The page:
McCain on policy

One or two of Senator McCain's pronouncements on policy issues and other matters during the third and final debate raised some eyebrows.

Healthcare:  McCain berates Obama for his proposed compulsory universal healthcare programme, preferring to give everyone a $5,000 tax credit and leaving it to individuals to spend it on health insurance if they feel so inclined.  Housewives and mothers with layabout husbands or partners (surely such people exist even in the United States?) won't be too impressed by that.  McCain also invokes the freedom of all Americans to choose the best healthcare scheme for themselves, their families "and their employees".  And their employees?  What kind of freedom is that?  Under existing arrangements the power of employers to determine, in effect, the healthcare schemes that their employees may join is one of the most questionable aspect of healthcare in the US, at any rate as perceived by us unregenerate old socialists in Europe;  to propose to perpetuate it seems perverse.

The recession:  McCain seems to think that government spending should be cut — or at best frozen — at the start of a deep recession, rather than doubled or trebled or whatever it takes to create jobs and get demand and consumption going again.  God help America if he becomes President and can't grasp that!  He's right of course that this is no time to raise taxes, but this seems to be for conservative doctrinal reasons, not because he understands the dynamics of recession.  Like the British Tories, he doesn't appear to understand that increases in government spending in a recession and reductions in taxes need to be funded by increased government borrowing, not by cutting government spending (although as Obama rightly pointed out, there should be plenty of scope for cutting government spending on things that don't create jobs and revive demand, and transferring it to things that do, such as infrastructure projects).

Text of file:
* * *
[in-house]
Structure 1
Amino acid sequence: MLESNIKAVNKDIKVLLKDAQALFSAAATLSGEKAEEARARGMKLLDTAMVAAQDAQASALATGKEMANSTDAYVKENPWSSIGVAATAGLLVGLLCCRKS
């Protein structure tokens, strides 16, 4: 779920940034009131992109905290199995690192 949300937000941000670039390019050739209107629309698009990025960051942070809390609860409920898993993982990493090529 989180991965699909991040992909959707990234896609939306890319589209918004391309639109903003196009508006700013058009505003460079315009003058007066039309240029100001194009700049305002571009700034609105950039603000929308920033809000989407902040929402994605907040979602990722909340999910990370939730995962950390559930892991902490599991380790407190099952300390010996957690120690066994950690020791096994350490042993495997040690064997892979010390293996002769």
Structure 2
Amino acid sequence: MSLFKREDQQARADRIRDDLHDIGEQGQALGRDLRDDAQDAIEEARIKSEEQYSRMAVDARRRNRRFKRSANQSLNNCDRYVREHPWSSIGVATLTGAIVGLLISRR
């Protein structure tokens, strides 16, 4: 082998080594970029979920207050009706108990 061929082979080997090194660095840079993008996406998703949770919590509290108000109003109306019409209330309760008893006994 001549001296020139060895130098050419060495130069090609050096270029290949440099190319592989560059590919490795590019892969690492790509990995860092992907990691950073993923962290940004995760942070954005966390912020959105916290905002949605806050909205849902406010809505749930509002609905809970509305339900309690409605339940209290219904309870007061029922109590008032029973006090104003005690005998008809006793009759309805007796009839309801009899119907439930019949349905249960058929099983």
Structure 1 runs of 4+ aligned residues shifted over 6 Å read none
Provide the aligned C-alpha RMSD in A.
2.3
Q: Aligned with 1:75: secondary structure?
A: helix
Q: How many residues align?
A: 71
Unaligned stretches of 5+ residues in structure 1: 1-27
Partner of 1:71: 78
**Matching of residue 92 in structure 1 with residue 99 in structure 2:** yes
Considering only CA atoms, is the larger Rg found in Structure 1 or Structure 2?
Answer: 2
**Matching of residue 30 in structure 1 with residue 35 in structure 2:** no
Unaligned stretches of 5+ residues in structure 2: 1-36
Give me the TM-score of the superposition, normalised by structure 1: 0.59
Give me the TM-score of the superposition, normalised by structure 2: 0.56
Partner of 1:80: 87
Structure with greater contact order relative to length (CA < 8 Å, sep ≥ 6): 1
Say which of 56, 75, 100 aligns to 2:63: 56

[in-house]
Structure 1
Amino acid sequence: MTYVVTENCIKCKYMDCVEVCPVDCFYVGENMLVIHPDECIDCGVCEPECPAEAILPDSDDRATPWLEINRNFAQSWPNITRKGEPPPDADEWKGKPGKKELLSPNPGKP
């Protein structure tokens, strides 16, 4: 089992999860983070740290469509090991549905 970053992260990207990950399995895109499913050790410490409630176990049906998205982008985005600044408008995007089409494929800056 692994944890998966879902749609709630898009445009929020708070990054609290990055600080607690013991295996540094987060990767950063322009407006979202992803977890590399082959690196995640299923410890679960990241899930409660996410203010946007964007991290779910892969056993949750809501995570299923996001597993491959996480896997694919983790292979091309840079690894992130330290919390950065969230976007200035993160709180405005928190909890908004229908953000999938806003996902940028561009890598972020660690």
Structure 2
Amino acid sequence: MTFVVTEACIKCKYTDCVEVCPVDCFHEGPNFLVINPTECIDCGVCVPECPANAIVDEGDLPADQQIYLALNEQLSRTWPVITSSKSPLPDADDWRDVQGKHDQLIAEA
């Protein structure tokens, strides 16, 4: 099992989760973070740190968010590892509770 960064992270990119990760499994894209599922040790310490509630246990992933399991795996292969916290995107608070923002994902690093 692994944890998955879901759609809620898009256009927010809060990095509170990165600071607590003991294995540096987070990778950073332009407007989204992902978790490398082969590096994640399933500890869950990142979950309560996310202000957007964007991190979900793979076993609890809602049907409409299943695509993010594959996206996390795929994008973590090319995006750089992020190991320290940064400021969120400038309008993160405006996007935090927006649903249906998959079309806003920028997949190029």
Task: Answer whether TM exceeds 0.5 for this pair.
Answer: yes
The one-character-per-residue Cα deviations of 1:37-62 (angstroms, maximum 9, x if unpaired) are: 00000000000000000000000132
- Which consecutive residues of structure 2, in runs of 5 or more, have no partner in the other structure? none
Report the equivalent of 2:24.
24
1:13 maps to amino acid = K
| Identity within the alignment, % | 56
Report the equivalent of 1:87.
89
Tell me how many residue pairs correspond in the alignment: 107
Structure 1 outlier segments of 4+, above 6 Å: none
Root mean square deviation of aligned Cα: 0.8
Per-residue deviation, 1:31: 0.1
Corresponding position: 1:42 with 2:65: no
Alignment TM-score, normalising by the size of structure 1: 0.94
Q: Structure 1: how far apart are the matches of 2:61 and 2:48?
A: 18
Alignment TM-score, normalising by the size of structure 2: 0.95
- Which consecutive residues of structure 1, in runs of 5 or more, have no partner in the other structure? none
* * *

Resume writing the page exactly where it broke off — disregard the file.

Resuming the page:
Promising to eliminate the budget deficit and to balance future budgets, as McCain did, looks equally misguided in a time of recession.   Perhaps this is a throwback to Reaganomics and Thatcherism, guided by Mrs T's conviction that the economics of a country should be analogous in every detail to the economics of managing a Grantham grocery.

Neither of the candidates really seemed prepared to tackle head-on the grave issues raised by the imminent prospect of recession, nor the budgetary and fiscal implications of the huge-scale bailouts and recapitalisations of the banks from public funds.  Perhaps to do so would have been too damaging electorally for the candidate brave enough to discuss these matters, if his opponent continued to pretend that they didn't exist.  To become President, you have to look on the bright side, if you can find one. 

Oil dependency:  Senator McCain seems to be fixated on reducing American dependence on foreign oil (for national security reasons) but gives no hint of understanding the need to reduce dependence on any oil (for the sake of the future of the planet).  Perhaps he's stuck with his running-mate's enthusiasm for the alarming slogan "Drill, baby, drill!", which must sound like plain common-sense if you're in Alaska.  Senator Obama is reassuringly sound on the urgent need to develop alternative, green, fuels.